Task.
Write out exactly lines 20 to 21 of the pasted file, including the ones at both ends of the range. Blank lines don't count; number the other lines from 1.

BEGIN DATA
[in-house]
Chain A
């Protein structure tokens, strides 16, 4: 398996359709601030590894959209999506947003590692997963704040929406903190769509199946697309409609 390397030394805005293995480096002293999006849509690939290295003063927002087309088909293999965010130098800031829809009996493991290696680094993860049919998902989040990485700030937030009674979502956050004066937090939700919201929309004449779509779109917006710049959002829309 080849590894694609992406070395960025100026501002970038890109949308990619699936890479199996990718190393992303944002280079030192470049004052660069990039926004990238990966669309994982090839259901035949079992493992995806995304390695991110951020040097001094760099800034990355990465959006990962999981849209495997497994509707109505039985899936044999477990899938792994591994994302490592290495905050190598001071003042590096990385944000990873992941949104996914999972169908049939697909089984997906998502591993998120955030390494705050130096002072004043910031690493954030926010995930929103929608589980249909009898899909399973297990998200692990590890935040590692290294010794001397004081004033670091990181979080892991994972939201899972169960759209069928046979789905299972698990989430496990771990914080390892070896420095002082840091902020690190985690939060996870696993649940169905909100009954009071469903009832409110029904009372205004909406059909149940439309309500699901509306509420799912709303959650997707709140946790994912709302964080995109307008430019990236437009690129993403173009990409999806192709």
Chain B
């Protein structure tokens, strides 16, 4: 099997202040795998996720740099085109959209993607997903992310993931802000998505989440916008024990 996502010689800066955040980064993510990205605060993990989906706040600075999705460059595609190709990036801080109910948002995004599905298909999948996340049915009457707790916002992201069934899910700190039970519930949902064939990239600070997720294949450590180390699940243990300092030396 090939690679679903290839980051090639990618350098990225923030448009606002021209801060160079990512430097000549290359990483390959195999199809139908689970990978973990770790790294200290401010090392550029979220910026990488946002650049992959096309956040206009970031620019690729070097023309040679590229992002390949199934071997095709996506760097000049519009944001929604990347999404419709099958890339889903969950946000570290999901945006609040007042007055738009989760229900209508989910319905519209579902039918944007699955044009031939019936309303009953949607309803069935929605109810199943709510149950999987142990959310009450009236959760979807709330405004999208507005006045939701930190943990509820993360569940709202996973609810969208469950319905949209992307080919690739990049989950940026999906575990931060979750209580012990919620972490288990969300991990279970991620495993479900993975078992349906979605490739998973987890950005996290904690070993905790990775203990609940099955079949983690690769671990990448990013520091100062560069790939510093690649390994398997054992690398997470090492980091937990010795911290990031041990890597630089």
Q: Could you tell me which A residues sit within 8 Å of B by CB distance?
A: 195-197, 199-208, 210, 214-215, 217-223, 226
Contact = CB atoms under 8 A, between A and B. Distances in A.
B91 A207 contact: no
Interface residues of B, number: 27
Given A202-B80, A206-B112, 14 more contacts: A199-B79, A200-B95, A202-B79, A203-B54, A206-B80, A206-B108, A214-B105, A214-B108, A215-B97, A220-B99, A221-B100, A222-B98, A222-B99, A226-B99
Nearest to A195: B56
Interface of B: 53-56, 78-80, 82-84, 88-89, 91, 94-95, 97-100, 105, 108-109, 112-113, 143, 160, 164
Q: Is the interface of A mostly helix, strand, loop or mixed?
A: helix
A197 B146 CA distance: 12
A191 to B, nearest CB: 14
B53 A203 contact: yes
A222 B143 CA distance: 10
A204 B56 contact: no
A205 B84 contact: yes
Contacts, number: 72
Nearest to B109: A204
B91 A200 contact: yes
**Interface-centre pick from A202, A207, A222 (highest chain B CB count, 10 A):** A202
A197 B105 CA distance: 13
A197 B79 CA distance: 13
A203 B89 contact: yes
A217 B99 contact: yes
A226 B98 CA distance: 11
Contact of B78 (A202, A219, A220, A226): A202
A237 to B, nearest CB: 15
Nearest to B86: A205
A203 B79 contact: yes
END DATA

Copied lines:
A204 B56 contact: no
A205 B84 contact: yes